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Help with poor install

Thank you in advance for your help, I'm looking to make changes to my series loop radiant heat system. A hack installed a LAARs Mascott II combi in our "as is" purchased house and I'm finally getting to fixing this issue.



Prompting me to look at the system 1.) is the boiler would cycle way too much 2.) even after running a heat loss calculation and verifying we have the appropriate amount of baseboards the system still struggles to heat the house 3.) Always hear the bubbles of air, especially by the circulator pumps no matter how much I purge the system



I "fixed" the cycling issue by having a LAARs certified installer come out and he adjusted some settings and in particular the Anti Short Cycle amount. But I'm still concerned about the overall design of the piping and system. I cannot find a plumber or heating company that is willing to work with me to design the layout or verify it's done correctly...I'm absolutely fine in letting an expert (and paying him/her to do it) but no one wants to!



The current system design matches the layout recommended by LAARs in their installation manual (copy is attached), which the exception of two areas.



1.) Piping on the supply manifold does not increase from 3/4" to 1 1/4" as is recommended. Instead it increases to 1" for the supply manifold, with an air scoop, expansion tank and two circulator pumps (taco 007).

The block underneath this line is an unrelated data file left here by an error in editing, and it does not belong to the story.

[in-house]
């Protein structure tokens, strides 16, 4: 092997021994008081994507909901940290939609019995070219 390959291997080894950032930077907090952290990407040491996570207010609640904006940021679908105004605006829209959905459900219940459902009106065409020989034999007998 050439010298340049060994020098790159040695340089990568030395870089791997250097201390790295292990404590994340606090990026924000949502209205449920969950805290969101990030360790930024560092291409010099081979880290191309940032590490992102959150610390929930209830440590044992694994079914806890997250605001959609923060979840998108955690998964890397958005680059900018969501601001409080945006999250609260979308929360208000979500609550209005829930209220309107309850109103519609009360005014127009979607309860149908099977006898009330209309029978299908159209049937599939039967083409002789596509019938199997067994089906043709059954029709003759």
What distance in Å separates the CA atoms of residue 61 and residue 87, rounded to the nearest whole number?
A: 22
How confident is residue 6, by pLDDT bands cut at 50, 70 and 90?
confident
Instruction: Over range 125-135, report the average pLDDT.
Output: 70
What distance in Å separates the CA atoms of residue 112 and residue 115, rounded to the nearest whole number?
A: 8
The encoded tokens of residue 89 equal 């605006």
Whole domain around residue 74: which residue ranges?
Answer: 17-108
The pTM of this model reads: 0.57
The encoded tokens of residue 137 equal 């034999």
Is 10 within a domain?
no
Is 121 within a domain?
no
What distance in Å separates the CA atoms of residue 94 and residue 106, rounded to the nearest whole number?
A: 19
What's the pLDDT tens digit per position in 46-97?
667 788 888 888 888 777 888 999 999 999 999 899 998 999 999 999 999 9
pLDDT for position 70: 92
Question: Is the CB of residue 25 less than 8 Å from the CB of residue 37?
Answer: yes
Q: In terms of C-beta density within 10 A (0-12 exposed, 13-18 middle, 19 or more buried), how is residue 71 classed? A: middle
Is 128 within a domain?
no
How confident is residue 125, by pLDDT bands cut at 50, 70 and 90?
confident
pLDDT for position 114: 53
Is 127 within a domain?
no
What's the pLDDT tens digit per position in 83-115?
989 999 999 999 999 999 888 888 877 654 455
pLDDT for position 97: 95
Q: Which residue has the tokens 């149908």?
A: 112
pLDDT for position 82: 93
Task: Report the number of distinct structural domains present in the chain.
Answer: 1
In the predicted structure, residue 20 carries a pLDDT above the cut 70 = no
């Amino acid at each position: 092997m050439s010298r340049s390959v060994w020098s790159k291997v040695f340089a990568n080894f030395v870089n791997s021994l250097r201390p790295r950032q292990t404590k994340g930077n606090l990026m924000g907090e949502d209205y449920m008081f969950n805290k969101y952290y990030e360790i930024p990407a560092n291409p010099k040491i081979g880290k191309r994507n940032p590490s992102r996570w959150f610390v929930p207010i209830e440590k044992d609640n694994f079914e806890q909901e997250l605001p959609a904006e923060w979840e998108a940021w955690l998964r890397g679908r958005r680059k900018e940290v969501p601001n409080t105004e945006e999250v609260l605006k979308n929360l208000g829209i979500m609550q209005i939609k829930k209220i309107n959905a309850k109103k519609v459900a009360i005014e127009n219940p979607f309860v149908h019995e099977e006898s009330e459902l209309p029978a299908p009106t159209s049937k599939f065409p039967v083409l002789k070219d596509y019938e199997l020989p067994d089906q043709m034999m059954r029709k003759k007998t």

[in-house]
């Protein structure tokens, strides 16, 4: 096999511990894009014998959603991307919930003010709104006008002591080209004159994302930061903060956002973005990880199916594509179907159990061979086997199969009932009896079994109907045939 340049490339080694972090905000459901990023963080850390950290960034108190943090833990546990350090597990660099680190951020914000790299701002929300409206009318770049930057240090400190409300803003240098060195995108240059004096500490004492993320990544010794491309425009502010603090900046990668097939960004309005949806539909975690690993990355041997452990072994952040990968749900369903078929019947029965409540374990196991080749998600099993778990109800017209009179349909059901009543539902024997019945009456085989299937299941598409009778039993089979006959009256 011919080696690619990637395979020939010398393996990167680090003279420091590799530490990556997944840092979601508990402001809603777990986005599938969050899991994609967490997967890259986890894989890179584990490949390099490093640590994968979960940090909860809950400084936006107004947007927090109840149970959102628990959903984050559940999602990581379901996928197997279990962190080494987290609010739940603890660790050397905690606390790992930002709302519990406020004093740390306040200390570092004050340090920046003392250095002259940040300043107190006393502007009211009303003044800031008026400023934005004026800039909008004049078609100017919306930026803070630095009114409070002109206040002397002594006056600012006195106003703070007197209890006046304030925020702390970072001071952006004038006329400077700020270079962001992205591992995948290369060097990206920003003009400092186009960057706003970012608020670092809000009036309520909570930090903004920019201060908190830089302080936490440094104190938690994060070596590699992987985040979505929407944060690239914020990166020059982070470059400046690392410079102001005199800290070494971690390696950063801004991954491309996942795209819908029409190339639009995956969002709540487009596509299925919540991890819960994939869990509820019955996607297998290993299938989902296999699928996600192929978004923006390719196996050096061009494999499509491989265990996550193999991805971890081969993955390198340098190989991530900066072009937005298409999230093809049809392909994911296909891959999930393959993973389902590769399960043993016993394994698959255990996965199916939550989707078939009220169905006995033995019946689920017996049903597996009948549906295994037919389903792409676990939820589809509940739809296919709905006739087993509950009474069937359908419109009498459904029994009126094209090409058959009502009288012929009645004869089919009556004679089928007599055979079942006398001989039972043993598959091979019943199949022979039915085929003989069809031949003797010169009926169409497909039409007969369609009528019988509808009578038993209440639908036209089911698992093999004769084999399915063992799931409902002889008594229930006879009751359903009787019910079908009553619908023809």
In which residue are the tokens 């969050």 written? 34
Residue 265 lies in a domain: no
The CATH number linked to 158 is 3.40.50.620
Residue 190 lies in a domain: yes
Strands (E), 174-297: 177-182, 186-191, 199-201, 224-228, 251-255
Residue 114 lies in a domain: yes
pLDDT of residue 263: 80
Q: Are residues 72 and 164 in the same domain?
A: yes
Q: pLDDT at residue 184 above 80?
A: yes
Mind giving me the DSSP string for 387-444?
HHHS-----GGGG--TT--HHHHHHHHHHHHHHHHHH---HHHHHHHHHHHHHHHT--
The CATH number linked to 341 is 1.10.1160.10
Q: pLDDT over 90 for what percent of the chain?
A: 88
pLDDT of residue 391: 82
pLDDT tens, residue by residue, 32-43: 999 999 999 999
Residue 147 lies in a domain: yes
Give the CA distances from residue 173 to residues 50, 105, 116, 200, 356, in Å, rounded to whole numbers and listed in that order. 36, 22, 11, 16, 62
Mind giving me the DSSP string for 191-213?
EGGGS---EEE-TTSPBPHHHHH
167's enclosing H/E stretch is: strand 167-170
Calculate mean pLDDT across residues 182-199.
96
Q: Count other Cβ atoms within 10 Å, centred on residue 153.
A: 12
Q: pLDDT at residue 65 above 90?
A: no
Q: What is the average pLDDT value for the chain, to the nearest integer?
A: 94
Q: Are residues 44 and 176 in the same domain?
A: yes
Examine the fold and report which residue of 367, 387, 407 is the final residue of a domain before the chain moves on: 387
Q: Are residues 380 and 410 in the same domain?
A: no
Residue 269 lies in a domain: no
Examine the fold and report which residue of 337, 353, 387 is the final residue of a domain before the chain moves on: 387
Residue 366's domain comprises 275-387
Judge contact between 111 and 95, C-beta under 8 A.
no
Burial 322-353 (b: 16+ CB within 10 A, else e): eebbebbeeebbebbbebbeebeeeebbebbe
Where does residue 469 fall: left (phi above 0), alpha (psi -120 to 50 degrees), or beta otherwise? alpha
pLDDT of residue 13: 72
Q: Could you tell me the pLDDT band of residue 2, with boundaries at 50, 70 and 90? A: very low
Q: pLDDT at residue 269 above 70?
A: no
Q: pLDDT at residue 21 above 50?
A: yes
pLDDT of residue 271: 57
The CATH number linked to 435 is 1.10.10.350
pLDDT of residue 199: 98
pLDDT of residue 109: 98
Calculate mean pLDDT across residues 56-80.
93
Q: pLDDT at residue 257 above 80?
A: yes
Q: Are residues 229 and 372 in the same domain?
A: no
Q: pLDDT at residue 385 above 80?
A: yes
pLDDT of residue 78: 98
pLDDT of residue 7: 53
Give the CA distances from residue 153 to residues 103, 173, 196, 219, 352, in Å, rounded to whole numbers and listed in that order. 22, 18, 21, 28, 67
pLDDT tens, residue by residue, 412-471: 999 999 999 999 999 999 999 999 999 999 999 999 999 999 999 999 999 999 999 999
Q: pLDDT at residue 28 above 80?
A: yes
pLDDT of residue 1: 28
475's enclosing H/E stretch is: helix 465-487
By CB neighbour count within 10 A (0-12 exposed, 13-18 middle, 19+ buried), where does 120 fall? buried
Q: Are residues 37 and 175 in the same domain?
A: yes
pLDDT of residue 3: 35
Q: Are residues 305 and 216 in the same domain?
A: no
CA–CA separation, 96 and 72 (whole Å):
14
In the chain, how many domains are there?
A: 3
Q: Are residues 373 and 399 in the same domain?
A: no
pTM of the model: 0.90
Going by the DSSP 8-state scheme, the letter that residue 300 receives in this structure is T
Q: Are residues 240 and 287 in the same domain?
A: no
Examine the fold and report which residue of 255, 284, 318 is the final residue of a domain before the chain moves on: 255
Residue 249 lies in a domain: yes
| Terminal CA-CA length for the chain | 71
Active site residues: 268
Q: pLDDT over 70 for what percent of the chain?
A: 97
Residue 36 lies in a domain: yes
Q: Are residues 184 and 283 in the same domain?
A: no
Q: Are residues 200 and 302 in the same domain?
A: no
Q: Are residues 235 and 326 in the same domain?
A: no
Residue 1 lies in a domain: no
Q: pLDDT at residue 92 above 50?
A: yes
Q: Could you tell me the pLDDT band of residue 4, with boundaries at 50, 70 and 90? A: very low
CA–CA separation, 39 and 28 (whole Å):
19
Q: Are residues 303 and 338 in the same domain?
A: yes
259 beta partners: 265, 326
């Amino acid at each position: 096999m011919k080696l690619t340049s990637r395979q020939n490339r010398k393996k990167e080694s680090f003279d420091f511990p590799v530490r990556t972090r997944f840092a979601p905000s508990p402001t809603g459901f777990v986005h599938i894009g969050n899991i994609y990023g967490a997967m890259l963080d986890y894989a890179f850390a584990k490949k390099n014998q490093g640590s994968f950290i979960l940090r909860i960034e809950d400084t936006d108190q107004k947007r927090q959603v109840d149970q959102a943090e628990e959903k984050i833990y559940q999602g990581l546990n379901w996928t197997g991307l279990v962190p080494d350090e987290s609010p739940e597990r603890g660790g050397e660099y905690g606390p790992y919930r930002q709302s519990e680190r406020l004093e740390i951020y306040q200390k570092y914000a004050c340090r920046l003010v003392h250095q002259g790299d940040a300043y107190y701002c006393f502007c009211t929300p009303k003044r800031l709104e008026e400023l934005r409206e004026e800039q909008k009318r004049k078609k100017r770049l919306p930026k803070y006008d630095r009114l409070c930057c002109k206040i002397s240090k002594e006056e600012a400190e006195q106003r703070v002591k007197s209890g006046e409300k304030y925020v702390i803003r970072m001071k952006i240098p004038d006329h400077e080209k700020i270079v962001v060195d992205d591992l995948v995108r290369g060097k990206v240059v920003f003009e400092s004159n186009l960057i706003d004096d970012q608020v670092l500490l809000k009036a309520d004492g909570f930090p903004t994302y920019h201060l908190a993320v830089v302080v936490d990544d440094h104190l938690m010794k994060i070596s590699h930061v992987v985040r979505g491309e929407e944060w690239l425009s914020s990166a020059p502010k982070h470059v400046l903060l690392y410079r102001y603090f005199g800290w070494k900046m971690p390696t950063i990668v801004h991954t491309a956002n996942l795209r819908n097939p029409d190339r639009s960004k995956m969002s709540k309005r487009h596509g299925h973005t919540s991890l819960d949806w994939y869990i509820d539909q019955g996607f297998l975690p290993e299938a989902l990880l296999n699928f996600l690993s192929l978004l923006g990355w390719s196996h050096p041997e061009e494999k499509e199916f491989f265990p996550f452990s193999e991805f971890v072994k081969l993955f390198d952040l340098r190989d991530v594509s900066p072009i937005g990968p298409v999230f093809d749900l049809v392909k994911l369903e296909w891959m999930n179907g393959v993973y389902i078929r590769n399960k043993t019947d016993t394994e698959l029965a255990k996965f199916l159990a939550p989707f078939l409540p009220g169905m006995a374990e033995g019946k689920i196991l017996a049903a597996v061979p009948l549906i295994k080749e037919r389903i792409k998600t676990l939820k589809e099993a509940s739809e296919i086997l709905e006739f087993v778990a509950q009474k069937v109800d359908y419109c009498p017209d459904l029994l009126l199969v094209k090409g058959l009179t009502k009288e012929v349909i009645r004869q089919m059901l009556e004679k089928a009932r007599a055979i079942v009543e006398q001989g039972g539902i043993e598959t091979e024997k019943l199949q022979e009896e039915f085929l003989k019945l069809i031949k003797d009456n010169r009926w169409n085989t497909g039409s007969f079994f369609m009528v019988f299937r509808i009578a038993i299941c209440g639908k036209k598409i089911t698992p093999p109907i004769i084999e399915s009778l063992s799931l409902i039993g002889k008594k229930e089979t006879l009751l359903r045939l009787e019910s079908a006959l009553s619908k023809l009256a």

2.) Piping on the return manifold is simply both zones meeting into a "T" with 3/4" pipe straight to the boiler. Again, LAAR's recommends 1 1/4" at this point back to the boiler.



So three things I want to do/verify.



1.) Obviously increasing both supply and return manifold to 1 1/4" Should help right?

2.) I plan on throwing away the air scoop and replacing it with a spirovent jr 1 1/4" air eliminator. Good choice?

3.) Are the Taco Circulators appropriate for my install? I have a simple 2 "zone" system with one for each floor of a two story house. They run on a loop around the perimeter, approx. 150ft of pipe each (house is 36'x24').





Thank you in advance for your expertise, advice and or questions!



Paul in CT
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Comments

  • SWEISWEI Posts: 4,534Member ✭✭✭
    More info

    What is your calculated heat loss for a design day?



    How many zones, how many feet of what kind of baseboard, and what pumps on the zones?



    Is the outdoor temp sensor hooked up and is the boiler programmed to use it?
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  • paul8028081paul8028081 Posts: 10Member
    Re: More info